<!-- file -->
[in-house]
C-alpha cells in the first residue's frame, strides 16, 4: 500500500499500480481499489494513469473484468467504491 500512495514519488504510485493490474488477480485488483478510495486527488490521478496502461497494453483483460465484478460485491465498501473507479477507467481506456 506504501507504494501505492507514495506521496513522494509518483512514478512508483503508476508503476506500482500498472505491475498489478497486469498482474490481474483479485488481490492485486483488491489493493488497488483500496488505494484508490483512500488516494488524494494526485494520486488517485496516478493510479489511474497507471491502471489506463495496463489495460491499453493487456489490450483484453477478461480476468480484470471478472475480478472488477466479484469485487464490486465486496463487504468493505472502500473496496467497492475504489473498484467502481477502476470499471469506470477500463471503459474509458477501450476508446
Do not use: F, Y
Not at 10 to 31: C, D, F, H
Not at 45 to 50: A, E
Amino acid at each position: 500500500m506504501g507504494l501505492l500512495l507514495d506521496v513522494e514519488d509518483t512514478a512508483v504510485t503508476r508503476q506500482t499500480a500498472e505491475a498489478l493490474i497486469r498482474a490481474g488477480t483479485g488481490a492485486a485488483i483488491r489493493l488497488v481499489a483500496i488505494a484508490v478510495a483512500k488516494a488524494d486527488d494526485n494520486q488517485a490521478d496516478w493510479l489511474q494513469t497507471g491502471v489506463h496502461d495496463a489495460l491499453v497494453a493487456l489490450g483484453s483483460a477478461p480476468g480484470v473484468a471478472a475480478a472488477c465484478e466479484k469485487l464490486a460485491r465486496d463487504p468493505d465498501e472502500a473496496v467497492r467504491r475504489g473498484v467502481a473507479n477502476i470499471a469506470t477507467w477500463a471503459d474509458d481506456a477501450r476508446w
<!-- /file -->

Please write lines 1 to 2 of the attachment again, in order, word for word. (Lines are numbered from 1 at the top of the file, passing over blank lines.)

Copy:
[in-house]
C-alpha cells in the first residue's frame, strides 16, 4: 500500500499500480481499489494513469473484468467504491 500512495514519488504510485493490474488477480485488483478510495486527488490521478496502461497494453483483460465484478460485491465498501473507479477507467481506456 506504501507504494501505492507514495506521496513522494509518483512514478512508483503508476508503476506500482500498472505491475498489478497486469498482474490481474483479485488481490492485486483488491489493493488497488483500496488505494484508490483512500488516494488524494494526485494520486488517485496516478493510479489511474497507471491502471489506463495496463489495460491499453493487456489490450483484453477478461480476468480484470471478472475480478472488477466479484469485487464490486465486496463487504468493505472502500473496496467497492475504489473498484467502481477502476470499471469506470477500463471503459474509458477501450476508446